Building an Economy that Works for Everyone

The push for paid sick days gains steam across U.S.

Efforts to ensure paid sick leave as a basic workplace right have been gaining steam across the country (did you hear the Seattle City Council passed a paid sick days ordinance?), and a flood of recent reports have highlighted the social and economic benefits of paid sick leave.

A cost-benefit analysis by the Institute for Women’s Policy Research (IWPR) examined the higher frequency of costly emergency room visits among those without paid sick leave. IWPR concluded that if workers had universal access to paid sick days, 1.3 million emergency department visits and $1 billion in health care costs could be avoided annually. Why? Because paid sick days enable people to better utilize primary care services and reduce the need for pricey emergency room visits.

These are powerful statistics, but the economic benefits of paid sick leave go far beyond the cost of healthcare. In a recent report, Demos highlights access to workplace benefits, including paid sick days, as one of their “strategies for turning bad jobs into quality employment.”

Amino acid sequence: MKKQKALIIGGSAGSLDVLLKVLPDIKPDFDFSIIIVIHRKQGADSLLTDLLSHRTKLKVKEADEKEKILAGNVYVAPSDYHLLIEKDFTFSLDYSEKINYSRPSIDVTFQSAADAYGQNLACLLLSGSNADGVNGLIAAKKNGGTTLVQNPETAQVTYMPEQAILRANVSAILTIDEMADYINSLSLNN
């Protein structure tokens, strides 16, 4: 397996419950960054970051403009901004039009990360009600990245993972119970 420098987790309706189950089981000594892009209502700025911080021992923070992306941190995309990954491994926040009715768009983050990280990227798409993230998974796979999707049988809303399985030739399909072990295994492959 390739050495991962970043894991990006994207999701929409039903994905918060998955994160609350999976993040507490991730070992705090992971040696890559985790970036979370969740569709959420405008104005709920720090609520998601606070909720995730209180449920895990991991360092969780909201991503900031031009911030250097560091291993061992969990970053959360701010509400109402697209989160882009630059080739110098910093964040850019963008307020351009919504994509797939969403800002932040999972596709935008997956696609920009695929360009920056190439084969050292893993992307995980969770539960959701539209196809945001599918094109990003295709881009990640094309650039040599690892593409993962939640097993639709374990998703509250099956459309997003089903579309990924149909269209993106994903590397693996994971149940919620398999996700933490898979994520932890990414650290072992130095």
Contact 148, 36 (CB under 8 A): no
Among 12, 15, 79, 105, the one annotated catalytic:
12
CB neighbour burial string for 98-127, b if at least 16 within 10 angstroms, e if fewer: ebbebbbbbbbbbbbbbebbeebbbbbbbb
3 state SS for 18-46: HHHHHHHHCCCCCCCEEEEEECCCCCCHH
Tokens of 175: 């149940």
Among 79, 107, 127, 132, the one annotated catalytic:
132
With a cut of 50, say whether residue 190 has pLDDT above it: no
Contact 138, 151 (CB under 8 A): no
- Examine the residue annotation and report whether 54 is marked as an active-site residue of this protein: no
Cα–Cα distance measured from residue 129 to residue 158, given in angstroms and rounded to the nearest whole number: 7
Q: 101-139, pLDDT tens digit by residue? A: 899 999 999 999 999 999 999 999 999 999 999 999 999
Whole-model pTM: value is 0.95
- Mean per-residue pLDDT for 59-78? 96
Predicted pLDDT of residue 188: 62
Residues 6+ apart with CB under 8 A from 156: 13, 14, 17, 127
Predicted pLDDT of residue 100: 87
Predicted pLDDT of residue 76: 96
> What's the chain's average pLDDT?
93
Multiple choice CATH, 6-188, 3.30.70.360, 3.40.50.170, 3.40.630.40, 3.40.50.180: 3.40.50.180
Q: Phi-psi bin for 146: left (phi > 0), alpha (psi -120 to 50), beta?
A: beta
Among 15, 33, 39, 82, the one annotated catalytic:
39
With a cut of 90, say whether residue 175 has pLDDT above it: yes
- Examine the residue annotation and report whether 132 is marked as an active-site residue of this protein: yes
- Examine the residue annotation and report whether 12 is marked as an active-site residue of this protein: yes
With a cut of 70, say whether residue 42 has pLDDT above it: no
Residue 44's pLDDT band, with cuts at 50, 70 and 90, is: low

In a different report, Demos and the Young Invincibles identify paid sick leave as a “key policy” to improve the economic outlook for 18-34 year olds. Poll results showed only a quarter of young people have paid sick days, and the numbers are worse for women and Latinos. Further, younger generations feel they are worse off than their parents and many are fearful about losing a job due to illness.

Similarly, a recent report by Half in Ten found that work supports, such as paid sick leave, are particularly critical for low-income workers. They provide details about the economic need for paid sick days and other workplace benefits, and identify paid sick leave as an important indicator of a quality job. In a blog about Half in Ten’s findings, the National Partnership for Women and Families explains that without basic work supports, families will struggle to stay out of poverty and communities will experience halted economic growth.

These reports show lower health care costs, increased job security and stronger economic growth are associated with good workplace benefits – particularly paid sick days. Until all workers have access to these benefits, economic security will be out of reach for many individuals and families.

By the way, in case you hadn’t heard about Seattle’s paid sick days ordinance, watch City Council member Nick Licata discuss the recent local success. The Center for American Progress hosted an October event which brought together several champions of Paid Sick Days policies across the country, including Mr. Licata.

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